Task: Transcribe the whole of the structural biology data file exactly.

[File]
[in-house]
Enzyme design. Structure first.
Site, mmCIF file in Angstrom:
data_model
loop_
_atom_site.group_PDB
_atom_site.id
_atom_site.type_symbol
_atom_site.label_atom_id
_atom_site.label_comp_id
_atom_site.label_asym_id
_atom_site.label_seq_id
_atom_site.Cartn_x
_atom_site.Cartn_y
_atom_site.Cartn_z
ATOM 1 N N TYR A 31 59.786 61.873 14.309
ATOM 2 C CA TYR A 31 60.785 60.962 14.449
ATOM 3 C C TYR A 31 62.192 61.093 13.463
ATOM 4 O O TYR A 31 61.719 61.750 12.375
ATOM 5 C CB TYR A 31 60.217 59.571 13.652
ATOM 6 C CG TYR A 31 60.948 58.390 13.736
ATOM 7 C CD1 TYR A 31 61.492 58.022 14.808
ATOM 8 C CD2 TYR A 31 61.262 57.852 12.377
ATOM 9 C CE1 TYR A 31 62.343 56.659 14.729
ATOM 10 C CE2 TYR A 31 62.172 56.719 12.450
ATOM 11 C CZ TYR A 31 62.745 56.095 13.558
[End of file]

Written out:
[in-house]
Enzyme design. Structure first.
Site, mmCIF file in Angstrom:
data_model
loop_
_atom_site.group_PDB
_atom_site.id
_atom_site.type_symbol
_atom_site.label_atom_id
_atom_site.label_comp_id
_atom_site.label_asym_id
_atom_site.label_seq_id
_atom_site.Cartn_x
_atom_site.Cartn_y
_atom_site.Cartn_z
ATOM 1 N N TYR A 31 59.786 61.873 14.309
ATOM 2 C CA TYR A 31 60.785 60.962 14.449
ATOM 3 C C TYR A 31 62.192 61.093 13.463
ATOM 4 O O TYR A 31 61.719 61.750 12.375
ATOM 5 C CB TYR A 31 60.217 59.571 13.652
ATOM 6 C CG TYR A 31 60.948 58.390 13.736
ATOM 7 C CD1 TYR A 31 61.492 58.022 14.808
ATOM 8 C CD2 TYR A 31 61.262 57.852 12.377
ATOM 9 C CE1 TYR A 31 62.343 56.659 14.729
ATOM 10 C CE2 TYR A 31 62.172 56.719 12.450
ATOM 11 C CZ TYR A 31 62.745 56.095 13.558